Horror movie fans can kick off the Halloween season right by meeting a collection of genre stars and participating in several activities at the second-annual Rapture Horror Expo in October.
My son Brett, the comeback athlete
There once was a time when having a tattoo would make a person an outsider. Now in this day and age, it seems like everyone and their mother has a tattoo somewhere on their body.
Tattoo artist Justin Hartman inks a customer at Urban Art Tattoo Studio.
The adage “truth is stranger than fiction” is proven in “The Lost Wife,” by Alyson Richman. She has succeeded in blending both for an unforgettable reading experience.
The first image you see in "The Place Beyond the Pines" is of Ryan Gosling's shirtless torso, ripped and tatted atop a skin-tight pair of leather pants.
If "Side Effects" is indeed Steven Soderbergh's final film, as he's said it will be after toying with the notion of retirement for a couple of years now, then intriguingly it feels like he's coming full circle in some ways to the film that put him on the map: the trailblazing, 1989 indie "sex, lies and videotape."
Like the amped up comeback tour of two rockers who had their heyday sometime in the mid-'80s, Sylvester Stallone and director Walter Hill ("48 HRS.," ''The Warriors") join forces for a hard-hitting exercise in beefy, brainless fun with the New Orleans-set actioner "Bullet to the Head."
While most men pushing 70 are spending their twilight years on the golf course, Arnold Schwarzenegger and Sylvester Stallone are still packing heat. Many modern actors have attempted to rein supreme as the definitive action star of this generation, such as Jason Statham, Vin Diesel, and The Rock. Yet, none have come close to headlining a franchise on par with “The Terminator” or “Rambo.” Although Arnold and Sylvester may not be the most phenomenal talents ever to grace the big screen, it’s difficult not to be won over by their charisma and unrelenting bloodlust. Even in an era of so much fresh blood, they’re still easily the kings of action…with exception to maybe Bruce Willis.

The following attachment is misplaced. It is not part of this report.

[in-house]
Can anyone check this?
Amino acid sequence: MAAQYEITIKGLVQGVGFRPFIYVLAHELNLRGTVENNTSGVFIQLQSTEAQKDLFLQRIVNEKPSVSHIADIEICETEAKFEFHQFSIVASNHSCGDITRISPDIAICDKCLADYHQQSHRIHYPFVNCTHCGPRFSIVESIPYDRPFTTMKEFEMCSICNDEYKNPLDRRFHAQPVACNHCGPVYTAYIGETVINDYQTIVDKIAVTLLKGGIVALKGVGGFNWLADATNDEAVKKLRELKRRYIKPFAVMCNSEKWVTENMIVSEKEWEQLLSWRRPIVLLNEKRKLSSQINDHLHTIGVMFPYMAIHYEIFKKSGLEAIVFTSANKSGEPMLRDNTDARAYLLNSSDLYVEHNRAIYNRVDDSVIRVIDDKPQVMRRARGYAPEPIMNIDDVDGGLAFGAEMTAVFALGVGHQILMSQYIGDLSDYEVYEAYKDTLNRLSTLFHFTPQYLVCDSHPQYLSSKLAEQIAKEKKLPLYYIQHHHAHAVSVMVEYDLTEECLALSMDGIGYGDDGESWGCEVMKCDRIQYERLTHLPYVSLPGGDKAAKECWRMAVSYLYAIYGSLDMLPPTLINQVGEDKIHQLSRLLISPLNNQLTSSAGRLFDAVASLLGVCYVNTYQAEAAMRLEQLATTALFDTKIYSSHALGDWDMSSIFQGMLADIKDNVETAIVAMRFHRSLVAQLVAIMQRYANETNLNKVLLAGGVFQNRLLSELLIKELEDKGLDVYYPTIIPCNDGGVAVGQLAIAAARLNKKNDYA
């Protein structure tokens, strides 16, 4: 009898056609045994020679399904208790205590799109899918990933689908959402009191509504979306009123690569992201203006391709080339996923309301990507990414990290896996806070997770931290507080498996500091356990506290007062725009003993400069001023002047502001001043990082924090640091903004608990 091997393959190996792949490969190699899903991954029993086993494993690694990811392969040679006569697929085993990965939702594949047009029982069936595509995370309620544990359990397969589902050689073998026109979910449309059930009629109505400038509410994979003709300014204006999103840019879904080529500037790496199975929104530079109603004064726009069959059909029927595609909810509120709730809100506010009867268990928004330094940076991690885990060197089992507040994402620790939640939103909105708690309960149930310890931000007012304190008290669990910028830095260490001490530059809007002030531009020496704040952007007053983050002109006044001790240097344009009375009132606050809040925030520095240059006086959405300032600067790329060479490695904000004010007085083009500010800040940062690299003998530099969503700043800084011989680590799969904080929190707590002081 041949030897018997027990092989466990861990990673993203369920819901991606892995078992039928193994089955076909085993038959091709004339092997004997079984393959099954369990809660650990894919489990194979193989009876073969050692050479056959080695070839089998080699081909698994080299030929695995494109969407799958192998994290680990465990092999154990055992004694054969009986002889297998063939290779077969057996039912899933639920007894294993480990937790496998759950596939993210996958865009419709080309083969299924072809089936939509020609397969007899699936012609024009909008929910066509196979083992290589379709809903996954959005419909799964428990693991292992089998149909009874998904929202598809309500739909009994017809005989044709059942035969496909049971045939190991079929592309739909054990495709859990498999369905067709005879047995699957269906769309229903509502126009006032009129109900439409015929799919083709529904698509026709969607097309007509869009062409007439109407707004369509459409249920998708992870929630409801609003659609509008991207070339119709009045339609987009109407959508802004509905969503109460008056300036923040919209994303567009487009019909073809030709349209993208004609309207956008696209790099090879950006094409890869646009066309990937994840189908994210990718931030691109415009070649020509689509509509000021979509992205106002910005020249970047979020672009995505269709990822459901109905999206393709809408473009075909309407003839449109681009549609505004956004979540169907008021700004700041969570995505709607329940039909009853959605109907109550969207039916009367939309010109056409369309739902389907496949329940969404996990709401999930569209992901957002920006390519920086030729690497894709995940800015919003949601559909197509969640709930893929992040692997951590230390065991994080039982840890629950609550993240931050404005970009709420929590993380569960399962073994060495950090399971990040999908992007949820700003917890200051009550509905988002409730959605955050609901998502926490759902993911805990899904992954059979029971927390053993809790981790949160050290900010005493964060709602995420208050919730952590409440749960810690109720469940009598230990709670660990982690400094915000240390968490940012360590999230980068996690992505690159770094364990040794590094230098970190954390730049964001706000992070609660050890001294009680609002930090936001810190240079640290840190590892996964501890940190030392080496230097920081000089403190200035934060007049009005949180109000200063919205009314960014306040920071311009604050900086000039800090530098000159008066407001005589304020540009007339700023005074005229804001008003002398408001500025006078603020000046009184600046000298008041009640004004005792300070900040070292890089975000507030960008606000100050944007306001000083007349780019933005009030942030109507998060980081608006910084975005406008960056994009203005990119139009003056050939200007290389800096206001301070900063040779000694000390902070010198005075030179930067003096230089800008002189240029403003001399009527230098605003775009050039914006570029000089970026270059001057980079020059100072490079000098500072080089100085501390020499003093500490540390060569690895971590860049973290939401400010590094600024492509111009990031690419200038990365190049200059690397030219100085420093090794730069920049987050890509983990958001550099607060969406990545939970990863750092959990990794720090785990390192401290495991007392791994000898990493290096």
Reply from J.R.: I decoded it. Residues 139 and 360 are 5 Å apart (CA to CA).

Folkloric legends truly are the guardians of childhood. From the perspective of a child, the world can be an enchanting place full of infinite wonder and possibilities. The belief in Santa Claus, the Easter Bunny and others fuels such innocence. Once their existence is questioned though, kids begin to slide down an unstoppable downhill slope that will inevitably result in adulthood. Most grown-ups likely envy children for their ability to believe in such mythical beings. How we all long to replace our adult cynicism and practicality with the magic and mystery of youth.
The tradition of a physical sport that has become somewhat of a religion in the Valley for a group of tattooed and sassy women and their faithful followers is set to begin its eighth year with many familiar faces as well as fresh meat.
At Chandler’s Gangplank, adults can “be dangerous,” testing out ideas and launching start-up businesses, all with the support of like-minded individuals.
Buy me some peanuts and Cracker Jack.